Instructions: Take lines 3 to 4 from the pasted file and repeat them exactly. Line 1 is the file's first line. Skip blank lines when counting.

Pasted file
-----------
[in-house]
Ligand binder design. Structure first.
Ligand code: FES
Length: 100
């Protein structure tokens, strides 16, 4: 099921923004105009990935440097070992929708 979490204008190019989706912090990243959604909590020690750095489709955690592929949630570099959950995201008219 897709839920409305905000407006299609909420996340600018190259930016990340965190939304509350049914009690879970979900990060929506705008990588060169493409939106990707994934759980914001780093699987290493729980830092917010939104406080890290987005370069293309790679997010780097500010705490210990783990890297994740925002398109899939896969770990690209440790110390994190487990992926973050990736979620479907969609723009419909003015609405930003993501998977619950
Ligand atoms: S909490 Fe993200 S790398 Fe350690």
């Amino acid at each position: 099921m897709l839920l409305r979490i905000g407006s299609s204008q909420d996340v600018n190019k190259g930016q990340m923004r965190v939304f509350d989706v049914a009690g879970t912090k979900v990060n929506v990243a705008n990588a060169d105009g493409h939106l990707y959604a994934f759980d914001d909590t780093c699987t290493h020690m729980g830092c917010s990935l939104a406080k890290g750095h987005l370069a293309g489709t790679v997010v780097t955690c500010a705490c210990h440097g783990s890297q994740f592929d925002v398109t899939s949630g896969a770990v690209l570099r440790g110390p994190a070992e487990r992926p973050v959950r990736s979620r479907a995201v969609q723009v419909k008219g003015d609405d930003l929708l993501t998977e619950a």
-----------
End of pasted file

Ligand code: FES
Length: 100